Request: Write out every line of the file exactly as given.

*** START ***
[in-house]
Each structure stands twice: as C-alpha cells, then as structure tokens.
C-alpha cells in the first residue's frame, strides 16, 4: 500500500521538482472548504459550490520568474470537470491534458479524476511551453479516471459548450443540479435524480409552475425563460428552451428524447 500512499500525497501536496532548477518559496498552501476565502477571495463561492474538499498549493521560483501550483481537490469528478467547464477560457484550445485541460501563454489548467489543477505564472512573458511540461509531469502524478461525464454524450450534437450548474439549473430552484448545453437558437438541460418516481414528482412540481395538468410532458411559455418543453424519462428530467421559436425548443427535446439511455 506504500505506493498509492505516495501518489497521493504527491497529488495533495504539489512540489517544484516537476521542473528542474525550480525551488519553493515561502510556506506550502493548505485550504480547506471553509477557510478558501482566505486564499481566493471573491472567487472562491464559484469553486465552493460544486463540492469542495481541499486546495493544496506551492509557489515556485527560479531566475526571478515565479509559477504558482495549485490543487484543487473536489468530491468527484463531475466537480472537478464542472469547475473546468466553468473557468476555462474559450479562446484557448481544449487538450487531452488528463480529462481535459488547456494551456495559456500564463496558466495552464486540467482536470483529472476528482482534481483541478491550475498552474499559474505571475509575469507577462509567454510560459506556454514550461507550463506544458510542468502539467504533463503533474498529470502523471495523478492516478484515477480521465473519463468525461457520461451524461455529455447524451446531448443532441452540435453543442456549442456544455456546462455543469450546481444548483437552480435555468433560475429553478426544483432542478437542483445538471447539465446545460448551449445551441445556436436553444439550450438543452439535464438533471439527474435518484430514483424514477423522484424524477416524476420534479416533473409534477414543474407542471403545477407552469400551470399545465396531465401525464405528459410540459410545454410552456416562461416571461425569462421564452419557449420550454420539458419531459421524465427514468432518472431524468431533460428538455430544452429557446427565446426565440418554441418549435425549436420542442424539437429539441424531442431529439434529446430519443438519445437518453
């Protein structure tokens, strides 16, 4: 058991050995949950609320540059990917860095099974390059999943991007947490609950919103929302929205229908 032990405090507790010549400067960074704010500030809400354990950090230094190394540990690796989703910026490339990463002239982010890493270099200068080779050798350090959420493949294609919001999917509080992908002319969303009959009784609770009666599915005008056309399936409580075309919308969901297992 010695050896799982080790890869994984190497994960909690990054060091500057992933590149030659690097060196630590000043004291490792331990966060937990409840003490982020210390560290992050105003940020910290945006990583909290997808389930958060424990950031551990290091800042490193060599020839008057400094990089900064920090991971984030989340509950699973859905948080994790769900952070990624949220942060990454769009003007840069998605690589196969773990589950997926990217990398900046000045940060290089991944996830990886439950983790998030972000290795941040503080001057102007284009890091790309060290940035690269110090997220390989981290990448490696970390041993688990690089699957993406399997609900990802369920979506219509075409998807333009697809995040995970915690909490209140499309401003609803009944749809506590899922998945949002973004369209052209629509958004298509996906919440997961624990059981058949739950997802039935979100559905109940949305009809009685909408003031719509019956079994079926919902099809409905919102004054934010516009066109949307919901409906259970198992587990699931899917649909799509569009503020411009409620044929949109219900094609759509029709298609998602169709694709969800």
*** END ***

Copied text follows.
[in-house]
Each structure stands twice: as C-alpha cells, then as structure tokens.
C-alpha cells in the first residue's frame, strides 16, 4: 500500500521538482472548504459550490520568474470537470491534458479524476511551453479516471459548450443540479435524480409552475425563460428552451428524447 500512499500525497501536496532548477518559496498552501476565502477571495463561492474538499498549493521560483501550483481537490469528478467547464477560457484550445485541460501563454489548467489543477505564472512573458511540461509531469502524478461525464454524450450534437450548474439549473430552484448545453437558437438541460418516481414528482412540481395538468410532458411559455418543453424519462428530467421559436425548443427535446439511455 506504500505506493498509492505516495501518489497521493504527491497529488495533495504539489512540489517544484516537476521542473528542474525550480525551488519553493515561502510556506506550502493548505485550504480547506471553509477557510478558501482566505486564499481566493471573491472567487472562491464559484469553486465552493460544486463540492469542495481541499486546495493544496506551492509557489515556485527560479531566475526571478515565479509559477504558482495549485490543487484543487473536489468530491468527484463531475466537480472537478464542472469547475473546468466553468473557468476555462474559450479562446484557448481544449487538450487531452488528463480529462481535459488547456494551456495559456500564463496558466495552464486540467482536470483529472476528482482534481483541478491550475498552474499559474505571475509575469507577462509567454510560459506556454514550461507550463506544458510542468502539467504533463503533474498529470502523471495523478492516478484515477480521465473519463468525461457520461451524461455529455447524451446531448443532441452540435453543442456549442456544455456546462455543469450546481444548483437552480435555468433560475429553478426544483432542478437542483445538471447539465446545460448551449445551441445556436436553444439550450438543452439535464438533471439527474435518484430514483424514477423522484424524477416524476420534479416533473409534477414543474407542471403545477407552469400551470399545465396531465401525464405528459410540459410545454410552456416562461416571461425569462421564452419557449420550454420539458419531459421524465427514468432518472431524468431533460428538455430544452429557446427565446426565440418554441418549435425549436420542442424539437429539441424531442431529439434529446430519443438519445437518453
């Protein structure tokens, strides 16, 4: 058991050995949950609320540059990917860095099974390059999943991007947490609950919103929302929205229908 032990405090507790010549400067960074704010500030809400354990950090230094190394540990690796989703910026490339990463002239982010890493270099200068080779050798350090959420493949294609919001999917509080992908002319969303009959009784609770009666599915005008056309399936409580075309919308969901297992 010695050896799982080790890869994984190497994960909690990054060091500057992933590149030659690097060196630590000043004291490792331990966060937990409840003490982020210390560290992050105003940020910290945006990583909290997808389930958060424990950031551990290091800042490193060599020839008057400094990089900064920090991971984030989340509950699973859905948080994790769900952070990624949220942060990454769009003007840069998605690589196969773990589950997926990217990398900046000045940060290089991944996830990886439950983790998030972000290795941040503080001057102007284009890091790309060290940035690269110090997220390989981290990448490696970390041993688990690089699957993406399997609900990802369920979506219509075409998807333009697809995040995970915690909490209140499309401003609803009944749809506590899922998945949002973004369209052209629509958004298509996906919440997961624990059981058949739950997802039935979100559905109940949305009809009685909408003031719509019956079994079926919902099809409905919102004054934010516009066109949307919901409906259970198992587990699931899917649909799509569009503020411009409620044929949109219900094609759509029709298609998602169709694709969800």